Bhutasana, Bhūtāsana: 4 definitions
Bhutasana means something in Hinduism, Sanskrit. If you want to know the exact meaning, history, etymology or English translation of this term then check out the descriptions on this page. Add your comment or reference to a book if you want to contribute to this summary article.
Bhūtāsana (भूतासन) is the name of a magic chariot acquired by Sūryaprabha, according to the Kathāsaritsāgara, chapter 44. Accordingly, as Vajraprabha said to Naravāhanadatta: “... there he [Maya-Asura] taught the prince [Sūryaprabha] ascetic practices of such a kind that by means of them the prince and his ministers quickly acquired the sciences. And he taught him also the art of providing himself with magic chariots, so that he acquired a chariot named Bhūtāsana. Then Maya brought Sūryaprabha, mounted on that chariot, with his ministers, having acquired the sciences, back to his own city from Pātāla”.
The Kathāsaritsāgara (‘ocean of streams of story’), mentioning Bhūtāsana, is a famous Sanskrit epic story revolving around prince Naravāhanadatta and his quest to become the emperor of the vidyādharas (celestial beings). The work is said to have been an adaptation of Guṇāḍhya’s Bṛhatkathā consisting of 100,000 verses, which in turn is part of a larger work containing 700,000 verses.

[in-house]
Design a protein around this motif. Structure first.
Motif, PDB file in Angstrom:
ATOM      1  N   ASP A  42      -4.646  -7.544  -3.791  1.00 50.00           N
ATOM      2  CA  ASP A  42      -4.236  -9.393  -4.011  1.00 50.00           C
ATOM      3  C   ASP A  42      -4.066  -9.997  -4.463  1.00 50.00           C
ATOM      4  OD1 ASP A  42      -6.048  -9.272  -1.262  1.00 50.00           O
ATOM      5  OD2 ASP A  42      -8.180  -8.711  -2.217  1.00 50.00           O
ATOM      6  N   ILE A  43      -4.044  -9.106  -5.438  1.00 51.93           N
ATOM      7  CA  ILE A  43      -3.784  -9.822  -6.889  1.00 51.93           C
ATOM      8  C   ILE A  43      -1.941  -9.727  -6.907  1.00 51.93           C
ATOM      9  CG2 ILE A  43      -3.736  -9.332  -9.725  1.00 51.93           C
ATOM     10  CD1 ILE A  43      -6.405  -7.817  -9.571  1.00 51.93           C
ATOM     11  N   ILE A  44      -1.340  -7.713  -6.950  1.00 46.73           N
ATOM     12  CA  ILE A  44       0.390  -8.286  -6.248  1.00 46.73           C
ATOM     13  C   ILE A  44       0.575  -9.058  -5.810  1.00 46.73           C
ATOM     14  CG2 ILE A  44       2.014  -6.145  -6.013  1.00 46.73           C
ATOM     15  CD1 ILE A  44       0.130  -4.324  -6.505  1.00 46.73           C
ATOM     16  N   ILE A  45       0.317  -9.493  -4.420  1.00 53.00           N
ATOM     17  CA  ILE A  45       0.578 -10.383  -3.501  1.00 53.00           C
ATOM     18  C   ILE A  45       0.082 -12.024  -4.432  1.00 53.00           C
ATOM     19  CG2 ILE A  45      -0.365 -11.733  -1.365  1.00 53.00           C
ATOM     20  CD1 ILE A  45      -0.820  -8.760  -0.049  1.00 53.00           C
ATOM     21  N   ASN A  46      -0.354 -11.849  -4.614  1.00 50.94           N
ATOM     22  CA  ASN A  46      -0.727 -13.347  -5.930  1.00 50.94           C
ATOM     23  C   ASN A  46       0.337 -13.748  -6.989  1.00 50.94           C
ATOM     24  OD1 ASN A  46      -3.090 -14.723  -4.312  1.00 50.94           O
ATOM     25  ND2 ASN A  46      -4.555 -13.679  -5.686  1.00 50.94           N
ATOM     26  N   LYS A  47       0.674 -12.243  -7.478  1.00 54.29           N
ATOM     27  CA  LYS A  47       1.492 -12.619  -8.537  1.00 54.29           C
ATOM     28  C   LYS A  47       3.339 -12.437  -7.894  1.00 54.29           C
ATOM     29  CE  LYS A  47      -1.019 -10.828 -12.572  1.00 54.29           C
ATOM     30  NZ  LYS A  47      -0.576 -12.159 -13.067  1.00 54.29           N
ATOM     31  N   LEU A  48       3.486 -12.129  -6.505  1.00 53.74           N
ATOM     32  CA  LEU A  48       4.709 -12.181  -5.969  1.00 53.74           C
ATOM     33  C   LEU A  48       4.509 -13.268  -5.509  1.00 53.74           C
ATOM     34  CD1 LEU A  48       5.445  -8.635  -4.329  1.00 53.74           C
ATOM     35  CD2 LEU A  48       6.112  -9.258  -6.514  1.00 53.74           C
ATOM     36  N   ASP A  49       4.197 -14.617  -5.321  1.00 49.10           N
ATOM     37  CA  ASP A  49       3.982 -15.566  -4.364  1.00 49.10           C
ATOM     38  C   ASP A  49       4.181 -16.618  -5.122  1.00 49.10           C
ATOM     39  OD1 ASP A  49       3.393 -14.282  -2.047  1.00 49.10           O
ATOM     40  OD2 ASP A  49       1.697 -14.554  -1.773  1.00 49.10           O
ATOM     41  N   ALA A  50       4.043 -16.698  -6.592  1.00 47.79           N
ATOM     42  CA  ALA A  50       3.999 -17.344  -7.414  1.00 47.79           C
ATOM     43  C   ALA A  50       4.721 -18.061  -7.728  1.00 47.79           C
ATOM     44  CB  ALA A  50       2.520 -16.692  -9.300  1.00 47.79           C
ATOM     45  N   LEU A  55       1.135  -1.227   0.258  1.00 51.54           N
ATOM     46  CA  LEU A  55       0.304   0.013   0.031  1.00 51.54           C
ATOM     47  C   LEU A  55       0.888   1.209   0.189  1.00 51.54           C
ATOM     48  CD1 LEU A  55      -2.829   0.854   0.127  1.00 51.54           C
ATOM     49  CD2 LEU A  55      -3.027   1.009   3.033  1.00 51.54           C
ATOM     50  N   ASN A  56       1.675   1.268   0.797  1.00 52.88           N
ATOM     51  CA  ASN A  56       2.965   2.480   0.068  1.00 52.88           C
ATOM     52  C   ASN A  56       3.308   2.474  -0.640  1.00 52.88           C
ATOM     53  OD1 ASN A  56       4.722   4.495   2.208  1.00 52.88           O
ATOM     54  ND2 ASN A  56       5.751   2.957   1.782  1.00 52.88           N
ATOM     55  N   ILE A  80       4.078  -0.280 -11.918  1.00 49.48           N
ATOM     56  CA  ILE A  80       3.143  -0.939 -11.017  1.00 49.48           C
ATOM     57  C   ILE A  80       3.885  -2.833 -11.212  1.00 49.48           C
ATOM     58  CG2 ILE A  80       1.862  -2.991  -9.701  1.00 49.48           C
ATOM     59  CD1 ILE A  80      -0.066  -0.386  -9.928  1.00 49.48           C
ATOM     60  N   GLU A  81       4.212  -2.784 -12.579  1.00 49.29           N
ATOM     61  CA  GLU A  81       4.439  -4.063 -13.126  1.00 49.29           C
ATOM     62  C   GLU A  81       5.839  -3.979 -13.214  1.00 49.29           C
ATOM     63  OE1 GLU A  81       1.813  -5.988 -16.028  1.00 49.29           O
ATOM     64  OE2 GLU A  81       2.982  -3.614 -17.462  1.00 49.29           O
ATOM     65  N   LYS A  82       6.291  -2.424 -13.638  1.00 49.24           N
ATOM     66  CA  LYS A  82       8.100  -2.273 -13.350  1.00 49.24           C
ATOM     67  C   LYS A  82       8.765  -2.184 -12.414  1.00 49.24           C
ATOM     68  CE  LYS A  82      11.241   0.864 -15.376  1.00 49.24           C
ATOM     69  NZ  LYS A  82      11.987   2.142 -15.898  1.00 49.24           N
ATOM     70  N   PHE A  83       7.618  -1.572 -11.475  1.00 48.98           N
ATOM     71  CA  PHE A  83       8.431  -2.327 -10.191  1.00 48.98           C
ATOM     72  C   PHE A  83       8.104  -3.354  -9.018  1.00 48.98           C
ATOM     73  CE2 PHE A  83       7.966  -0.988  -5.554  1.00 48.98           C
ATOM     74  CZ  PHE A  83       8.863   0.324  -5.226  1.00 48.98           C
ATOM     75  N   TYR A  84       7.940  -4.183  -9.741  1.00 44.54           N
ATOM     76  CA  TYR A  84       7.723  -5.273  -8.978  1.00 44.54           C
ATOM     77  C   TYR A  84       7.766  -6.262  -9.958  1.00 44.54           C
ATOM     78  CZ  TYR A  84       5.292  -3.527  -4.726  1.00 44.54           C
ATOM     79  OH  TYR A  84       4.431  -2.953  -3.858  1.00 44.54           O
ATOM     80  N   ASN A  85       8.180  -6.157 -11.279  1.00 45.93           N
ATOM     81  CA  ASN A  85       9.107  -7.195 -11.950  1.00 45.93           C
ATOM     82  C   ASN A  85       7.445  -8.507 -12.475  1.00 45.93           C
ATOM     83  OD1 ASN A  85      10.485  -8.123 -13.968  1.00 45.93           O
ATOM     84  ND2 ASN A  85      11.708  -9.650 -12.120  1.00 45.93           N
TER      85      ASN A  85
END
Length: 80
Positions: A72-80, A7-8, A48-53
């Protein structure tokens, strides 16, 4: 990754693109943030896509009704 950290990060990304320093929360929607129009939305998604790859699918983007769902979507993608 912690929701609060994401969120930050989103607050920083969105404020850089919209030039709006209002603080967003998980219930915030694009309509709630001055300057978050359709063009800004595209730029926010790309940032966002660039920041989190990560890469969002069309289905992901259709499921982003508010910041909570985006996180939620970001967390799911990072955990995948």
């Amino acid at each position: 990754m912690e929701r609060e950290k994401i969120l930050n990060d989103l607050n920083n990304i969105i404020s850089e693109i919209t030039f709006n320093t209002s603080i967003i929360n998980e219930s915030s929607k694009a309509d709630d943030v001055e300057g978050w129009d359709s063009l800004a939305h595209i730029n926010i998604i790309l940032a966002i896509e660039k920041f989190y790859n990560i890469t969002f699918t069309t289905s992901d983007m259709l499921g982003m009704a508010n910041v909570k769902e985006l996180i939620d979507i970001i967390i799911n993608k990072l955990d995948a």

Kavya (काव्य, kavya) refers to Sanskrit poetry, a popular ancient Indian tradition of literature. There have been many Sanskrit poets over the ages, hailing from ancient India and beyond. This topic includes mahakavya, or ‘epic poetry’ and natya, or ‘dramatic poetry’.
Languages of India and abroad
Bhūtāsana (भूतासन):—[from bhūta > bhū] n. ‘seat of Bhūtas’, Name of a magic chariot, [Kathāsaritsāgara]
[Sanskrit to German]
Sanskrit, also spelled संस्कृतम् (saṃskṛtam), is an ancient language of India commonly seen as the grandmother of the Indo-European language family (even English!). Closely allied with Prakrit and Pali, Sanskrit is more exhaustive in both grammar and terms and has the most extensive collection of literature in the world, greatly surpassing its sister-languages Greek and Latin.
See also (Relevant definitions)
Full-text: Vajraratra, Ratnaprabha.
Search found 1 books and stories containing Bhutasana, Bhūtāsana; (plurals include: Bhutasanas, Bhūtāsanas). You can also click to the full overview containing English textual excerpts. Below are direct links for the most relevant articles:
Kathasaritsagara (the Ocean of Story) (by Somadeva)
Chapter XLIV < [Book VIII - Sūryaprabha]
Chapter XLVI < [Book VIII - Sūryaprabha]
Chapter XLVIII < [Book VIII - Sūryaprabha]